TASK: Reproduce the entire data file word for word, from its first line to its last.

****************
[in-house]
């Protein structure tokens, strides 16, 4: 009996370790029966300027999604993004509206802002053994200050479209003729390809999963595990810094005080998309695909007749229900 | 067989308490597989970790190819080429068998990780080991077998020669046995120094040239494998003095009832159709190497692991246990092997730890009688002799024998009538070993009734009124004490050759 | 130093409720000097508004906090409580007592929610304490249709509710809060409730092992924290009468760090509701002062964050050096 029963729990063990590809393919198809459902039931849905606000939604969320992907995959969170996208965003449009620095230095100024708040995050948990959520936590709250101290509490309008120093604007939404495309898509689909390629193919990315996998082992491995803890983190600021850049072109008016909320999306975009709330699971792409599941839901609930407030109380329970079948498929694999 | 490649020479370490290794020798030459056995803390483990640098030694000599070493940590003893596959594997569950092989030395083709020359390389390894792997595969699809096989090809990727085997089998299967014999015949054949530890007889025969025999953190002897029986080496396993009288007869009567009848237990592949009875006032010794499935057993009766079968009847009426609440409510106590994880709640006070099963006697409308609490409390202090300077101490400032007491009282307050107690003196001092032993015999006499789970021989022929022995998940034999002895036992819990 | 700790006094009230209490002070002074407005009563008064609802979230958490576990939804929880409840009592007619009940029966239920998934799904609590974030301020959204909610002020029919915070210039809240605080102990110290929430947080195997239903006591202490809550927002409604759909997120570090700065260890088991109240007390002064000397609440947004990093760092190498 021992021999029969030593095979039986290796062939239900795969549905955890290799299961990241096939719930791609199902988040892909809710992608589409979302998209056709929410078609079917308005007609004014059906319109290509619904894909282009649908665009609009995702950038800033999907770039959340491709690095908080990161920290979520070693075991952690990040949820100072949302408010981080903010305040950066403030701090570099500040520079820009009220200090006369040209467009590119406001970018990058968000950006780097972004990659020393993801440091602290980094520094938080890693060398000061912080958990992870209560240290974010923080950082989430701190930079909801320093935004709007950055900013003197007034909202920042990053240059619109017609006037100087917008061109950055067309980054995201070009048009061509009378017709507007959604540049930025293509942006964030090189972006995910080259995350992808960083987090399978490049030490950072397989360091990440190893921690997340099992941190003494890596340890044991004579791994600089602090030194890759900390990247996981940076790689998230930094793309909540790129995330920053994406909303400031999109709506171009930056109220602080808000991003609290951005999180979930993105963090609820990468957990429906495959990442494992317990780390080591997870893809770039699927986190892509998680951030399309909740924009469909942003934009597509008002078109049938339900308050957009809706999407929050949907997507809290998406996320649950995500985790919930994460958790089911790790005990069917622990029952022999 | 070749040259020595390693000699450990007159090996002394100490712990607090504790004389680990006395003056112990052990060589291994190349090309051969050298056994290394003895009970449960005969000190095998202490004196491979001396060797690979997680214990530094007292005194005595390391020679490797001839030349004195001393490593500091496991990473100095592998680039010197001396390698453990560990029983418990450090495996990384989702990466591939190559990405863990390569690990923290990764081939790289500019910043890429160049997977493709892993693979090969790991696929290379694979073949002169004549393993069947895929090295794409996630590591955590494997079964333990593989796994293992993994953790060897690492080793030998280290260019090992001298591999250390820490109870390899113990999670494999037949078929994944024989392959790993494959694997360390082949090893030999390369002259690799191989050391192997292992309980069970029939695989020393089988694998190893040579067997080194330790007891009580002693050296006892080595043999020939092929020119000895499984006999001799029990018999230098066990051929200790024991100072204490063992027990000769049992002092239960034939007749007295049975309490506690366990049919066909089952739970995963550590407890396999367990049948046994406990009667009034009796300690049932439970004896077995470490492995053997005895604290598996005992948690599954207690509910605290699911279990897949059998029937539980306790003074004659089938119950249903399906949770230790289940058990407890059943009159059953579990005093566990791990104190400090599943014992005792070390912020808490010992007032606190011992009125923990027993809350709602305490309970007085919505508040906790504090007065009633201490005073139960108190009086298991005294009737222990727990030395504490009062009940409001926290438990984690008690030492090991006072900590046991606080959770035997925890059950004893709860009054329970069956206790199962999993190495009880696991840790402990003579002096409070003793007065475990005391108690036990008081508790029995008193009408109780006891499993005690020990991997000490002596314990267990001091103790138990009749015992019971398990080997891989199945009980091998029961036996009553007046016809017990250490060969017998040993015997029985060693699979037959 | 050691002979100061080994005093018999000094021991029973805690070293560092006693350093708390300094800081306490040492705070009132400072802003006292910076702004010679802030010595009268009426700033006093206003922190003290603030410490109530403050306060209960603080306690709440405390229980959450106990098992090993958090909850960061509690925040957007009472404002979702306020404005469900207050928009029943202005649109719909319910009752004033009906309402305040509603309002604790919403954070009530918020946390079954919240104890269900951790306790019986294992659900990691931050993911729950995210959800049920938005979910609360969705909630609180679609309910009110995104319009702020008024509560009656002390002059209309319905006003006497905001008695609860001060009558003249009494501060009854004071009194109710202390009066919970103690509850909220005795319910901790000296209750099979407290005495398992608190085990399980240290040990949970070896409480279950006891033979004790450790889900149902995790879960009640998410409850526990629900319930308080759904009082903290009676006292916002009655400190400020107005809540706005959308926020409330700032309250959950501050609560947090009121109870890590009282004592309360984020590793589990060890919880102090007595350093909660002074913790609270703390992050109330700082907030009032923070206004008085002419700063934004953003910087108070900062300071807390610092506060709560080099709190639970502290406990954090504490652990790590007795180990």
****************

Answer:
[in-house]
């Protein structure tokens, strides 16, 4: 009996370790029966300027999604993004509206802002053994200050479209003729390809999963595990810094005080998309695909007749229900 | 067989308490597989970790190819080429068998990780080991077998020669046995120094040239494998003095009832159709190497692991246990092997730890009688002799024998009538070993009734009124004490050759 | 130093409720000097508004906090409580007592929610304490249709509710809060409730092992924290009468760090509701002062964050050096 029963729990063990590809393919198809459902039931849905606000939604969320992907995959969170996208965003449009620095230095100024708040995050948990959520936590709250101290509490309008120093604007939404495309898509689909390629193919990315996998082992491995803890983190600021850049072109008016909320999306975009709330699971792409599941839901609930407030109380329970079948498929694999 | 490649020479370490290794020798030459056995803390483990640098030694000599070493940590003893596959594997569950092989030395083709020359390389390894792997595969699809096989090809990727085997089998299967014999015949054949530890007889025969025999953190002897029986080496396993009288007869009567009848237990592949009875006032010794499935057993009766079968009847009426609440409510106590994880709640006070099963006697409308609490409390202090300077101490400032007491009282307050107690003196001092032993015999006499789970021989022929022995998940034999002895036992819990 | 700790006094009230209490002070002074407005009563008064609802979230958490576990939804929880409840009592007619009940029966239920998934799904609590974030301020959204909610002020029919915070210039809240605080102990110290929430947080195997239903006591202490809550927002409604759909997120570090700065260890088991109240007390002064000397609440947004990093760092190498 021992021999029969030593095979039986290796062939239900795969549905955890290799299961990241096939719930791609199902988040892909809710992608589409979302998209056709929410078609079917308005007609004014059906319109290509619904894909282009649908665009609009995702950038800033999907770039959340491709690095908080990161920290979520070693075991952690990040949820100072949302408010981080903010305040950066403030701090570099500040520079820009009220200090006369040209467009590119406001970018990058968000950006780097972004990659020393993801440091602290980094520094938080890693060398000061912080958990992870209560240290974010923080950082989430701190930079909801320093935004709007950055900013003197007034909202920042990053240059619109017609006037100087917008061109950055067309980054995201070009048009061509009378017709507007959604540049930025293509942006964030090189972006995910080259995350992808960083987090399978490049030490950072397989360091990440190893921690997340099992941190003494890596340890044991004579791994600089602090030194890759900390990247996981940076790689998230930094793309909540790129995330920053994406909303400031999109709506171009930056109220602080808000991003609290951005999180979930993105963090609820990468957990429906495959990442494992317990780390080591997870893809770039699927986190892509998680951030399309909740924009469909942003934009597509008002078109049938339900308050957009809706999407929050949907997507809290998406996320649950995500985790919930994460958790089911790790005990069917622990029952022999 | 070749040259020595390693000699450990007159090996002394100490712990607090504790004389680990006395003056112990052990060589291994190349090309051969050298056994290394003895009970449960005969000190095998202490004196491979001396060797690979997680214990530094007292005194005595390391020679490797001839030349004195001393490593500091496991990473100095592998680039010197001396390698453990560990029983418990450090495996990384989702990466591939190559990405863990390569690990923290990764081939790289500019910043890429160049997977493709892993693979090969790991696929290379694979073949002169004549393993069947895929090295794409996630590591955590494997079964333990593989796994293992993994953790060897690492080793030998280290260019090992001298591999250390820490109870390899113990999670494999037949078929994944024989392959790993494959694997360390082949090893030999390369002259690799191989050391192997292992309980069970029939695989020393089988694998190893040579067997080194330790007891009580002693050296006892080595043999020939092929020119000895499984006999001799029990018999230098066990051929200790024991100072204490063992027990000769049992002092239960034939007749007295049975309490506690366990049919066909089952739970995963550590407890396999367990049948046994406990009667009034009796300690049932439970004896077995470490492995053997005895604290598996005992948690599954207690509910605290699911279990897949059998029937539980306790003074004659089938119950249903399906949770230790289940058990407890059943009159059953579990005093566990791990104190400090599943014992005792070390912020808490010992007032606190011992009125923990027993809350709602305490309970007085919505508040906790504090007065009633201490005073139960108190009086298991005294009737222990727990030395504490009062009940409001926290438990984690008690030492090991006072900590046991606080959770035997925890059950004893709860009054329970069956206790199962999993190495009880696991840790402990003579002096409070003793007065475990005391108690036990008081508790029995008193009408109780006891499993005690020990991997000490002596314990267990001091103790138990009749015992019971398990080997891989199945009980091998029961036996009553007046016809017990250490060969017998040993015997029985060693699979037959 | 050691002979100061080994005093018999000094021991029973805690070293560092006693350093708390300094800081306490040492705070009132400072802003006292910076702004010679802030010595009268009426700033006093206003922190003290603030410490109530403050306060209960603080306690709440405390229980959450106990098992090993958090909850960061509690925040957007009472404002979702306020404005469900207050928009029943202005649109719909319910009752004033009906309402305040509603309002604790919403954070009530918020946390079954919240104890269900951790306790019986294992659900990691931050993911729950995210959800049920938005979910609360969705909630609180679609309910009110995104319009702020008024509560009656002390002059209309319905006003006497905001008695609860001060009558003249009494501060009854004071009194109710202390009066919970103690509850909220005795319910901790000296209750099979407290005495398992608190085990399980240290040990949970070896409480279950006891033979004790450790889900149902995790879960009640998410409850526990629900319930308080759904009082903290009676006292916002009655400190400020107005809540706005959308926020409330700032309250959950501050609560947090009121109870890590009282004592309360984020590793589990060890919880102090007595350093909660002074913790609270703390992050109330700082907030009032923070206004008085002419700063934004953003910087108070900062300071807390610092506060709560080099709190639970502290406990954090504490652990790590007795180990």